EDITOR'S NOTE: This story is responding to a reader-submitted question through Open Source, a platform where readers can submit questions to the staff. Ashland Source reader David Kauf asked, "Why does Ashland City Council always pass things on the first reading instead of the three readings that is supposed to be?"
ASHLAND - Anyone who attended or watched an Ashland City Council meeting has likely seen council members making motions "to suspend the rules for three separate readings on three separate days."
Local resident David Kauf wrote in to Ashland Source via Open Source to ask why that happens so frequently.
It's a question people have been asking city law director Rick Wolfe for years, and one council president Steve Workman frequently is asked.
Often, Wolfe said, people confuse the three readings rule suspension with another action often taken by council-- the declaration of an emergency.
In responding to Kauf's question, Workman said the council does pass most, but not all, ordinances or resolutions as emergency measures and on the first reading.
"This is because most of these are routine and previously budgeted items required to conduct the operations of the city," Workman said. "However, due to the amount of money involved with some items, the city charter requires approval by the city council before action can be taken."
Three separate readings
Ohio law says legislative authorities for municipalities, such as city councils, must read each ordinance or resolution on three different days before the ordinance can be passed. But the law goes on to say the legislative authority may dispense with this rule by a vote of at least three-fourths of its members.
Ashland City Council typically meets twice monthly, so if the council does not suspend the rules for three readings, the period between introduction and passage of a piece of legislation would be a month and a half.
Whether it's passed on the first reading or the third reading, an ordinance or resolution does not go into effect immediately unless it is considered an emergency.
According to the city's charter, a resolution or ordinance does not take effect for 30 days after its passage, unless it is declared to be an emergency by a two-thirds vote of council.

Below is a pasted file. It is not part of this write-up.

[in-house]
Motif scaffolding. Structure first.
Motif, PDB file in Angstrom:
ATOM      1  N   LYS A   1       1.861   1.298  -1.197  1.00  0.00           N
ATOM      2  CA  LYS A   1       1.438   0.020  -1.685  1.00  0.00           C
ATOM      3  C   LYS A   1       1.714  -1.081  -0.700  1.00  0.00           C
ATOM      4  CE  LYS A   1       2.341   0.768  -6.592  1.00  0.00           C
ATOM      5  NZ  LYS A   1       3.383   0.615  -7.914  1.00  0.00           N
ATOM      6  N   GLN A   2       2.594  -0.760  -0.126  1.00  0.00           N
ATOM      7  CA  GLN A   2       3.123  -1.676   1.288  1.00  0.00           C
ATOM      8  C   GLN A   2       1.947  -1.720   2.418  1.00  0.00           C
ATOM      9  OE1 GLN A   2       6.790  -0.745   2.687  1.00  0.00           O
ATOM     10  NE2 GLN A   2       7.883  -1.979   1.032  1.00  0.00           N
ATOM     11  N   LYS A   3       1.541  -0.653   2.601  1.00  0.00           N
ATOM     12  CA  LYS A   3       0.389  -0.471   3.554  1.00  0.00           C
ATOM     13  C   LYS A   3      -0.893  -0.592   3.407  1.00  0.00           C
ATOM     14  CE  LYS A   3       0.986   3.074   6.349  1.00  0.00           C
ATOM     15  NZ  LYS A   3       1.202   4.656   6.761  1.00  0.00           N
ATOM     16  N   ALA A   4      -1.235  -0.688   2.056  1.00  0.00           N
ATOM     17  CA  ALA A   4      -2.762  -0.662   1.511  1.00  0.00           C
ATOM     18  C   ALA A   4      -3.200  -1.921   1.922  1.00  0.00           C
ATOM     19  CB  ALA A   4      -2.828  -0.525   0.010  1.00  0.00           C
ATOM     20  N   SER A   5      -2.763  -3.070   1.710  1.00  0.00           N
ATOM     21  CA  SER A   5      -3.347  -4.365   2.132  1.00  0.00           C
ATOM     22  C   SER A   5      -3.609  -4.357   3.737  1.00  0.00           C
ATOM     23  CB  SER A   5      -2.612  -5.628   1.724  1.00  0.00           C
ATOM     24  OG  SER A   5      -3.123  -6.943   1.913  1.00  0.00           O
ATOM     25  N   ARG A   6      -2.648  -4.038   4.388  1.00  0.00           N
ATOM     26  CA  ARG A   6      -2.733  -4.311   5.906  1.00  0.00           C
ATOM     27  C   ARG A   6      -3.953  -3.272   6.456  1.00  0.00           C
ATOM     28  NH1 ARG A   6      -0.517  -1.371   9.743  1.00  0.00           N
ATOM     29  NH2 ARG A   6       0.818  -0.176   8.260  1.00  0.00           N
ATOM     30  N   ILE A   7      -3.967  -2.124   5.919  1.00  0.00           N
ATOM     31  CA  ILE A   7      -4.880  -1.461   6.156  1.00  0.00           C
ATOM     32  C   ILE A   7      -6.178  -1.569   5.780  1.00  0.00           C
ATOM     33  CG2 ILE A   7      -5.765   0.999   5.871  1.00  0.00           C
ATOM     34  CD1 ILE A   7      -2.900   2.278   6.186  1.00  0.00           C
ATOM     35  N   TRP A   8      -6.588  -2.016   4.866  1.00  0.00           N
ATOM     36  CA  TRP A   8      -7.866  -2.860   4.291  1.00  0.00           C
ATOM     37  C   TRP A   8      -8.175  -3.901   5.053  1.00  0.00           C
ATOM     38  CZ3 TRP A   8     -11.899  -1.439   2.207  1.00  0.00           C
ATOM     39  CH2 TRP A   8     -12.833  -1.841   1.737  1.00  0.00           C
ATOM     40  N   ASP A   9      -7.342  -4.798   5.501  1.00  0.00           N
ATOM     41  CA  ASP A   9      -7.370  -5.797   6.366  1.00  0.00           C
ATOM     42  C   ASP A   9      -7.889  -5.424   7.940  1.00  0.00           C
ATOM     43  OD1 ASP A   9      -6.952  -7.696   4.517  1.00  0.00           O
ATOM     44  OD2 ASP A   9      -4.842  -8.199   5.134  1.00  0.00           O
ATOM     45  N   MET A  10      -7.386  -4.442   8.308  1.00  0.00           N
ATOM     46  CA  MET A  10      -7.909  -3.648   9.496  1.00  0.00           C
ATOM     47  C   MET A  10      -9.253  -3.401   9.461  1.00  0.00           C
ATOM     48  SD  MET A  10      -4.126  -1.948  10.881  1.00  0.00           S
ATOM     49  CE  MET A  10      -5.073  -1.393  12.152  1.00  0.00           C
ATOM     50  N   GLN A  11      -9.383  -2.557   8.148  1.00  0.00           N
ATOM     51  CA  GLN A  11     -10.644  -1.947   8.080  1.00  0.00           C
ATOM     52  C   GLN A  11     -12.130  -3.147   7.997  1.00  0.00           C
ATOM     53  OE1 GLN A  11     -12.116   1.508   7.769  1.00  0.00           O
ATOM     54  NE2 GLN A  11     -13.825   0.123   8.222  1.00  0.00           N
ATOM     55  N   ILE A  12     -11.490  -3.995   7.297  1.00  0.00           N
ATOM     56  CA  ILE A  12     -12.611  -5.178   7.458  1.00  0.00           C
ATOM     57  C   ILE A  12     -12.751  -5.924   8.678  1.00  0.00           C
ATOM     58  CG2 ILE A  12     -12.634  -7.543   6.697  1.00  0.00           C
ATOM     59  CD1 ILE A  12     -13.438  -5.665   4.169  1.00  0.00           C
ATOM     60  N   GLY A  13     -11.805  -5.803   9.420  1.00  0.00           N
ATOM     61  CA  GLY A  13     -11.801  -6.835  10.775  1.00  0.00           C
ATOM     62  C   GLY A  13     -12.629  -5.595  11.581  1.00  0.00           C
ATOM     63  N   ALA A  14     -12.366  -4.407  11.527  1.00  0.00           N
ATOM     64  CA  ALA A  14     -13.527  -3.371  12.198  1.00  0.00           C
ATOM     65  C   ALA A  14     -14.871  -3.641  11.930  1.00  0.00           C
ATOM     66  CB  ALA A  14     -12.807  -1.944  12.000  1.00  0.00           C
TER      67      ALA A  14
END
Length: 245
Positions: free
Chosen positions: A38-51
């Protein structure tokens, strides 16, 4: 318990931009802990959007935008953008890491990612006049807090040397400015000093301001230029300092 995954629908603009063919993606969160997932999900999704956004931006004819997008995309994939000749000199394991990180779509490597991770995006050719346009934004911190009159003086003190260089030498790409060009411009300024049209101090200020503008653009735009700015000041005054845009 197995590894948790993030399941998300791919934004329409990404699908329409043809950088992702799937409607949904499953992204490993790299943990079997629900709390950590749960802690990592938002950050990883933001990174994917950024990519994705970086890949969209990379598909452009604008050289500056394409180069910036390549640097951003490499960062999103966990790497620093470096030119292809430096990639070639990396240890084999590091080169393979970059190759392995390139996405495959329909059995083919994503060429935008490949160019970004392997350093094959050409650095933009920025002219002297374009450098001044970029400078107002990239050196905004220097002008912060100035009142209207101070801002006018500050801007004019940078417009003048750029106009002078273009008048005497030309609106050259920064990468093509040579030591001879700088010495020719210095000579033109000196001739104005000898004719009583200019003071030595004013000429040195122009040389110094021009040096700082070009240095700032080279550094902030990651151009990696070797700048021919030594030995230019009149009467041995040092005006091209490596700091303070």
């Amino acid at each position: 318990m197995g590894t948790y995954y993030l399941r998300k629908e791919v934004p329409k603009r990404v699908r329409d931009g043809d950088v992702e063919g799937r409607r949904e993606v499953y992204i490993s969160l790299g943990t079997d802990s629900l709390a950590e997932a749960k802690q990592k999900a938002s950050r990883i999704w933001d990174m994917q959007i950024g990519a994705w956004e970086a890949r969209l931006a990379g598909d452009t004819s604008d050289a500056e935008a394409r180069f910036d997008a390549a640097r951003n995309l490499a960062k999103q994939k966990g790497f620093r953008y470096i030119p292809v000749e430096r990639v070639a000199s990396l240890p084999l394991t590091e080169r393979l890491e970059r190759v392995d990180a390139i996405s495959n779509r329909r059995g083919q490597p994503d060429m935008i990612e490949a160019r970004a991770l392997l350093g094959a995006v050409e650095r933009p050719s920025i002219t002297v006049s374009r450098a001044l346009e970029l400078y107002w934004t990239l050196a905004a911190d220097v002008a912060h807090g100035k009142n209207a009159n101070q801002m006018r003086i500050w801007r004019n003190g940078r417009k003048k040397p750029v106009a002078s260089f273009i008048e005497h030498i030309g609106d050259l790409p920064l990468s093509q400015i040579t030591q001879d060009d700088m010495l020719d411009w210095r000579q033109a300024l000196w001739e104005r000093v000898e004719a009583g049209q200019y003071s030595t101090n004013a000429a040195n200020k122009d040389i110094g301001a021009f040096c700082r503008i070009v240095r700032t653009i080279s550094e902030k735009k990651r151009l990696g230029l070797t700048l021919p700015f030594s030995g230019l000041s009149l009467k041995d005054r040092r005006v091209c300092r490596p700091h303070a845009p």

An emergency can be declared for the kinds of things most people typically think of as emergencies-- things that are required "for the immediate preservation of the public peace, property, health or safety." They can also be declared simply to provide for the usual daily operation of the city, according to the charter.
An emergency ordinance or resolution must contain a preamble explaining why the measure is being passed as an emergency, and the reasoning must fit one of the provisions of the charter.
The council can take many actions as an emergency, like authorizing the expenditure of money. But there are restrictions to prevent council members from declaring an emergency for certain actions, like levying a tax.
How the council chooses
If legislation is not passed as an emergency and is read three times, it takes about two and a half months for an item to be introduced, passed and made effective.
"This could become quite cumbersome for the city to conduct business," Workman said. "Imagine if you will, a council that would strictly adhere to non-emergency measures with three separate readings.
"Progress of operations would be slowed, vendors would have to wait for payment, work may not begin in a timely manner, city services may suffer, a parliamentary backlog would be generated, meetings would become inordinately long in order to revisit each item for voting, delays in grant applications filed, etc.
"I'm sure you would agree, I've described an administrative nightmare for the city," Workman said.
So how do city leaders decide when to speed up the timeline for a piece of legislation?
Ordinances or resolutions are presented for council's consideration through various city departments, such as the finance department, the engineering department or the police department.
Leaders of those departments, along with the mayor and the city law director, often weigh in on whether a piece of legislation needs to take effect quickly.
Certain types of actions, such as zoning changes, require that the city hold a public hearing prior to a vote. Those items, therefore, come before council on multiple occasions.
"There are also issues when the council would simply like more time to conduct due diligence prior to passage," Workman said.
Those issues undergo two or three readings, giving council time to research and ask questions and allowing the public more time to comment.
All ordinances and resolutions, whether they are passed as emergencies or not, are subject to referendum if voters disapprove of a decision of council.
"The entire process is a great example of how the council provides representation to each ward of the city, a job we take very seriously," Workman said.
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